Brady is 38 years old, an age where even the best of quarterbacks reach the end. Look no further than Brady's longtime rival, Peyton Manning, who is languishing through what will almost certainly be his final season.
Brady's not close to being done. On Sunday, he carved up the New York Jets in a pass-happy attack that showcased both his obvious brilliance throwing the football and the obvious gains he's made in agility and movement in and around the pocket. Brady actually led the Patriots in rushing in Sunday's win, scoring on one of his patented QB sneaks, before scrambling for a key first down to set up another touchdown.
"I think it's different ways to try to improve over the course of my career," Brady told WEEI on Monday. "Trying to find different ways to maintain your, I guess it would be your agility, or maybe some of your speed or quickness, is very important, especially for someone that's getting older like I am.
"You've got to figure out different ways to try to improve. So it's just a concerted effort to make that really a part of your program. Like I've said before, I have a different take on how I need to do those things, and things that really work for me. And I spent a lot of time over the last couple of years trying to really rebuild that part of my game."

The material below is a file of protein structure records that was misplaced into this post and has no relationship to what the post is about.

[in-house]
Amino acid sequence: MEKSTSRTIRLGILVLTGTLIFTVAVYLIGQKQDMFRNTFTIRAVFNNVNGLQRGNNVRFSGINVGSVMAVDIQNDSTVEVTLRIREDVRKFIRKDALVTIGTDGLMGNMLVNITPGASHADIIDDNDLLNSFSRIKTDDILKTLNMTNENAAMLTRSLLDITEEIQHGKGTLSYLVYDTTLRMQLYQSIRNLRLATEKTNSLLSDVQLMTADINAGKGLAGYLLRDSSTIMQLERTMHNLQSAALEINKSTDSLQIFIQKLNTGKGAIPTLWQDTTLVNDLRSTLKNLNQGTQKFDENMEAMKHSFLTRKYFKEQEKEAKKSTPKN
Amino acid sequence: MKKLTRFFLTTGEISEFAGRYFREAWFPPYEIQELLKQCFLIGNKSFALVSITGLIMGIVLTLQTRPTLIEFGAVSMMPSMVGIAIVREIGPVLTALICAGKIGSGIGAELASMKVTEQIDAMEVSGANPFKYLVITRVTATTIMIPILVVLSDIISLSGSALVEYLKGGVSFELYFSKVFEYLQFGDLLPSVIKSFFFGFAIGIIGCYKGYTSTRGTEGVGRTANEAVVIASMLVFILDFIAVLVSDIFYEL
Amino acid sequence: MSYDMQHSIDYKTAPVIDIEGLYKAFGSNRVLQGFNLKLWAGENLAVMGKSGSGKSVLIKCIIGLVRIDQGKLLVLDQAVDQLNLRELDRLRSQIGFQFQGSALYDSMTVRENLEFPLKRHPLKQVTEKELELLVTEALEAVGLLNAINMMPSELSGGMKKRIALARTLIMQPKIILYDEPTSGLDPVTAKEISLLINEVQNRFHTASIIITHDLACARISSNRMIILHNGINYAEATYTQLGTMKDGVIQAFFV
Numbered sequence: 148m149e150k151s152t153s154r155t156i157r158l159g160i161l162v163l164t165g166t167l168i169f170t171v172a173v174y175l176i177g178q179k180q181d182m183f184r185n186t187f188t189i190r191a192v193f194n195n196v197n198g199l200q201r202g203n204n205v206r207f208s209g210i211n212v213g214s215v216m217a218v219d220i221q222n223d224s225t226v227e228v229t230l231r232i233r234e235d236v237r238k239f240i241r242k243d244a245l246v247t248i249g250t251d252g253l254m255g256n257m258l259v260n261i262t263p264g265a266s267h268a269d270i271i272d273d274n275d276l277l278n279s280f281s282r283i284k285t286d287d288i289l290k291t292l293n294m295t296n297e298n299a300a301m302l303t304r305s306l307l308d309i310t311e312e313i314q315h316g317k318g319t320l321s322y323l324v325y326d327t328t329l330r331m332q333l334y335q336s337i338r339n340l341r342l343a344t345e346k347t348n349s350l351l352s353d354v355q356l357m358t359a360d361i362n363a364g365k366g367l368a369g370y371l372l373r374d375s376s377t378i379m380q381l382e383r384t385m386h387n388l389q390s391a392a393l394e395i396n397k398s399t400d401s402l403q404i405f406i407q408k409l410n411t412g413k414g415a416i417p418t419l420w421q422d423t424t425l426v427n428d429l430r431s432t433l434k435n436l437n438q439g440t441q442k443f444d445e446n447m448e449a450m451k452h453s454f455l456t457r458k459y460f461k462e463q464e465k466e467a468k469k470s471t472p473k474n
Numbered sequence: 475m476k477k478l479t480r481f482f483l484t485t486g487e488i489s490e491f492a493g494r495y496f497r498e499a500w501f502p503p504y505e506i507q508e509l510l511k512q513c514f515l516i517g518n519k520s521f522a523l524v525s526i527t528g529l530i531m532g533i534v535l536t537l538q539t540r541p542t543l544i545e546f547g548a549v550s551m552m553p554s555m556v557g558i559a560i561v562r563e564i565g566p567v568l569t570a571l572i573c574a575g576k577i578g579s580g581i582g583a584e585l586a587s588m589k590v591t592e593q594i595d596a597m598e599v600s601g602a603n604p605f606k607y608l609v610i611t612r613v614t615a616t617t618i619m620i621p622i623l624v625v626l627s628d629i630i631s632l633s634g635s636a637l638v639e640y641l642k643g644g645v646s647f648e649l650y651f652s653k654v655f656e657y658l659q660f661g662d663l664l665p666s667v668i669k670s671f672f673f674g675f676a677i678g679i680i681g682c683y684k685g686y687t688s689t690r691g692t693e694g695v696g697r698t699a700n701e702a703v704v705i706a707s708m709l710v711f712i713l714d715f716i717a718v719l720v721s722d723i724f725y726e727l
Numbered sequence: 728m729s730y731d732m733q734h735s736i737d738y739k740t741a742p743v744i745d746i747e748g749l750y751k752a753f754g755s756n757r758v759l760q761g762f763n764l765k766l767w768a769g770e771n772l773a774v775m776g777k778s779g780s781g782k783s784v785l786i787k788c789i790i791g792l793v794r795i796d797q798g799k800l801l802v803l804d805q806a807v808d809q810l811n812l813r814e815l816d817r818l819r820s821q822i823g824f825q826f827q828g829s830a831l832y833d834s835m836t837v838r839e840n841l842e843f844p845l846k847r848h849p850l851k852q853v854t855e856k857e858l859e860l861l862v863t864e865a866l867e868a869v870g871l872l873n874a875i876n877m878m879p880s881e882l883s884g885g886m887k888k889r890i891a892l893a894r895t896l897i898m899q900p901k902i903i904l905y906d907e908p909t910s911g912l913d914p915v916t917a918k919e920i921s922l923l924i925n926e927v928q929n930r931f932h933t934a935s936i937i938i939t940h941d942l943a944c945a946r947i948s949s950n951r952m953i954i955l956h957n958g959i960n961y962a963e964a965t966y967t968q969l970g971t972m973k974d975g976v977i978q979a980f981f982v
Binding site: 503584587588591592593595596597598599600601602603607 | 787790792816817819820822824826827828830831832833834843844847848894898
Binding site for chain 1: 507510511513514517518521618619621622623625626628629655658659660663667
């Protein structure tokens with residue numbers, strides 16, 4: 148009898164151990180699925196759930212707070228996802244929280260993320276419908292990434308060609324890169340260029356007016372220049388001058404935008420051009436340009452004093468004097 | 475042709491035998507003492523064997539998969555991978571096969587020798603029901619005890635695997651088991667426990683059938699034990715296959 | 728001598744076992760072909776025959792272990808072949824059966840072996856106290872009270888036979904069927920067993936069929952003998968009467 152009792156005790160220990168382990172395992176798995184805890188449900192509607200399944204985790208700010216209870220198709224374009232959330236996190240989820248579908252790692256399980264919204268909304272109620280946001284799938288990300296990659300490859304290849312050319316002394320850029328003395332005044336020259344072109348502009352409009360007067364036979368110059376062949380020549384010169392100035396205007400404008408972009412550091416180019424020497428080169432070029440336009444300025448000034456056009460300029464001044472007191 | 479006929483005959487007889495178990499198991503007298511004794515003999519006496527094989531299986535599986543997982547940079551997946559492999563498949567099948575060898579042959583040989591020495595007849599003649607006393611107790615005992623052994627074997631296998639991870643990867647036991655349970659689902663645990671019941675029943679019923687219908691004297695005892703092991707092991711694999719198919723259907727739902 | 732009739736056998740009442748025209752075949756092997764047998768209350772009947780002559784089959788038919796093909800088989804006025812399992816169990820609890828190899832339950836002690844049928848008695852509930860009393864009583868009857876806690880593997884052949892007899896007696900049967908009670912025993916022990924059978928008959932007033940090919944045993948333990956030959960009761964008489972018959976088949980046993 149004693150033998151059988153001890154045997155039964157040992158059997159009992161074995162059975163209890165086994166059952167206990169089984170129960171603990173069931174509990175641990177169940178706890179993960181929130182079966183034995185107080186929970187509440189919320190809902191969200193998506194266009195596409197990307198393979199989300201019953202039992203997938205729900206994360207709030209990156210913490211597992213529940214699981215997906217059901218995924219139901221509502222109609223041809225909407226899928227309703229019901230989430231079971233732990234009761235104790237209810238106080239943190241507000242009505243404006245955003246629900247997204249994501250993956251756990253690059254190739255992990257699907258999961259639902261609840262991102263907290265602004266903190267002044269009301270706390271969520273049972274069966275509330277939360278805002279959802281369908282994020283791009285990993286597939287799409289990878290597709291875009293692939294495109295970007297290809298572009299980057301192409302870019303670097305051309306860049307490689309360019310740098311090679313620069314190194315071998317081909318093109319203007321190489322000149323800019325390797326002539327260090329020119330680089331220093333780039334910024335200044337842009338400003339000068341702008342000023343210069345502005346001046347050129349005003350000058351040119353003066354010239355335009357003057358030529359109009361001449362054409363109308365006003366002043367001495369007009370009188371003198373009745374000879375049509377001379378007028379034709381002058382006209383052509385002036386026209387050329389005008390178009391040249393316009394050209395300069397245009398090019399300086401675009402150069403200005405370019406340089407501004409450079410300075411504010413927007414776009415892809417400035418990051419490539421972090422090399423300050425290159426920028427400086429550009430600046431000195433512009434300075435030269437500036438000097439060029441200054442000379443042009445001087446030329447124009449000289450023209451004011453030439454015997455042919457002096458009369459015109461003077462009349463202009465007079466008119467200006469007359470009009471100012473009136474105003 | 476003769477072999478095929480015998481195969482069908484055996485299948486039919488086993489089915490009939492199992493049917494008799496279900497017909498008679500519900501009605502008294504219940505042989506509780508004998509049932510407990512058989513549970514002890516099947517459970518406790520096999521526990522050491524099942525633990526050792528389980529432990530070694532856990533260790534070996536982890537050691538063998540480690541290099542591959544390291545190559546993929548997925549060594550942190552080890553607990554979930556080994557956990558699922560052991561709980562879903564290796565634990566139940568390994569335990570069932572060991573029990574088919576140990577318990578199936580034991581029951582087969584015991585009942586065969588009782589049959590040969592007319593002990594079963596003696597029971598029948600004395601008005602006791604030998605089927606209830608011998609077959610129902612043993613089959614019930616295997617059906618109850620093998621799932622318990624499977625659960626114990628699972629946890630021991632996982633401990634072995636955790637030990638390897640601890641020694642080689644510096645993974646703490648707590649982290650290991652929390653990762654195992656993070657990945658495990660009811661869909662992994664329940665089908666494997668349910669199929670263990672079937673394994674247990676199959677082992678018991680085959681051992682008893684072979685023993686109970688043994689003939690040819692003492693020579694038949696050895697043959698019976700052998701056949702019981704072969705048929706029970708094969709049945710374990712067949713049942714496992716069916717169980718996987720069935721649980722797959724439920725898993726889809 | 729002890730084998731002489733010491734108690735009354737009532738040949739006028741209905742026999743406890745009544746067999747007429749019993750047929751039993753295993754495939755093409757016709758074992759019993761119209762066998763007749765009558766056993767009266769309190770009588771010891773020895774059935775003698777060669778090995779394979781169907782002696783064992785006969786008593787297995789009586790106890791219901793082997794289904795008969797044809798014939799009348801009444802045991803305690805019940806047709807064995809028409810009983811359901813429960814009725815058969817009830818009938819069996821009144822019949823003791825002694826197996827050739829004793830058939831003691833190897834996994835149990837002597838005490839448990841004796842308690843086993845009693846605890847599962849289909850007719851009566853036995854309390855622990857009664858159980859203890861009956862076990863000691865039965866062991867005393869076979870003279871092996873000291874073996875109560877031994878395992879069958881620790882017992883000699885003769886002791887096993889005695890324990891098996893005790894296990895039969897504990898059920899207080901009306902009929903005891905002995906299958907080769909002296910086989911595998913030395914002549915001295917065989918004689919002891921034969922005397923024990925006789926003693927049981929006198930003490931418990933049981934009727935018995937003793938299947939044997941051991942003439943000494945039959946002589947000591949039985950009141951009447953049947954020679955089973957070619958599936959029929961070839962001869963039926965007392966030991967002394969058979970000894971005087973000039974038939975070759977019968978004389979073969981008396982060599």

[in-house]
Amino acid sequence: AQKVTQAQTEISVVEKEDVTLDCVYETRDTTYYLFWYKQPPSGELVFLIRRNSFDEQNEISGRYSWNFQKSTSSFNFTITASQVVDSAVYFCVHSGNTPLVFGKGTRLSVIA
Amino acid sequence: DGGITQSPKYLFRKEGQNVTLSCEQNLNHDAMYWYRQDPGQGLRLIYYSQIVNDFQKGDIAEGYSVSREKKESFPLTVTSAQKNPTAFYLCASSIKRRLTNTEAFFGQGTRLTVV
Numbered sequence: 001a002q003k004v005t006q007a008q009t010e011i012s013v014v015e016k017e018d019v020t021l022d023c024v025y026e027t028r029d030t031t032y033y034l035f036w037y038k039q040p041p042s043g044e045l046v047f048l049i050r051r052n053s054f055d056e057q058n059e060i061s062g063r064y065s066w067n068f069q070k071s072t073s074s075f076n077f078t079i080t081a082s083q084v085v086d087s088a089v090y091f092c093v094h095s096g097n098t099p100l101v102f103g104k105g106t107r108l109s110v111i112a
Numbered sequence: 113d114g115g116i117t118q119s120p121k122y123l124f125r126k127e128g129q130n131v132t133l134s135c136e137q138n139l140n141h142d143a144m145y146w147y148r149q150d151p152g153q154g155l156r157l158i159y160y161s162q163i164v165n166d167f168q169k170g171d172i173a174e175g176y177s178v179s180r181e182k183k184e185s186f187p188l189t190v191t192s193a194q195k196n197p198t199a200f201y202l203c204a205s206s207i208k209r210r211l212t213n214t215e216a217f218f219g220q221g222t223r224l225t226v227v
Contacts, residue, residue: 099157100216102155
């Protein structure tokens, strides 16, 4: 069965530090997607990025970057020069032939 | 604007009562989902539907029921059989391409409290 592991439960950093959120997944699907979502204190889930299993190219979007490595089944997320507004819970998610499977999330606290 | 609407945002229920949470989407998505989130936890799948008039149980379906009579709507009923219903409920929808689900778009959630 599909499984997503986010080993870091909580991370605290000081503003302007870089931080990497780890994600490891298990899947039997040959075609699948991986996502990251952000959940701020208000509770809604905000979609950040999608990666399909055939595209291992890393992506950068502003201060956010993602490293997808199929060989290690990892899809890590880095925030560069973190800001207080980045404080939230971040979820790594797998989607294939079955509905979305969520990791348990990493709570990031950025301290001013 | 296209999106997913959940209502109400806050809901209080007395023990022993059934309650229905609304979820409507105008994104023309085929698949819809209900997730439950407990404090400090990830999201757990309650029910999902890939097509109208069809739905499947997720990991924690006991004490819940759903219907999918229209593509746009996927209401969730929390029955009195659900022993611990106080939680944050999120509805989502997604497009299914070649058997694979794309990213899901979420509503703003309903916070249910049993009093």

Perhaps what makes Brady so special at this stage of his career is that he's looking at the physical preparation of being a quarterback in a way no one has done before him. His intensity and drive may be unmatched, and his work with trainer Alex Guerrero and throwing coach Tom House has become the stuff of legend.
"Tom is pushing back the aging process," House told Sports Illustrated last year. "There's no reason he can't do at 45 what he did at 25."
There's been plenty of talk about Brady playing into his 40s, maybe 10 more seasons, a goal that would have the quarterback on the field at age 48. If Brady is playing like a 27-year-old now, is it that crazy to think he could remain relevant into middle age?
Are you going to doubt him?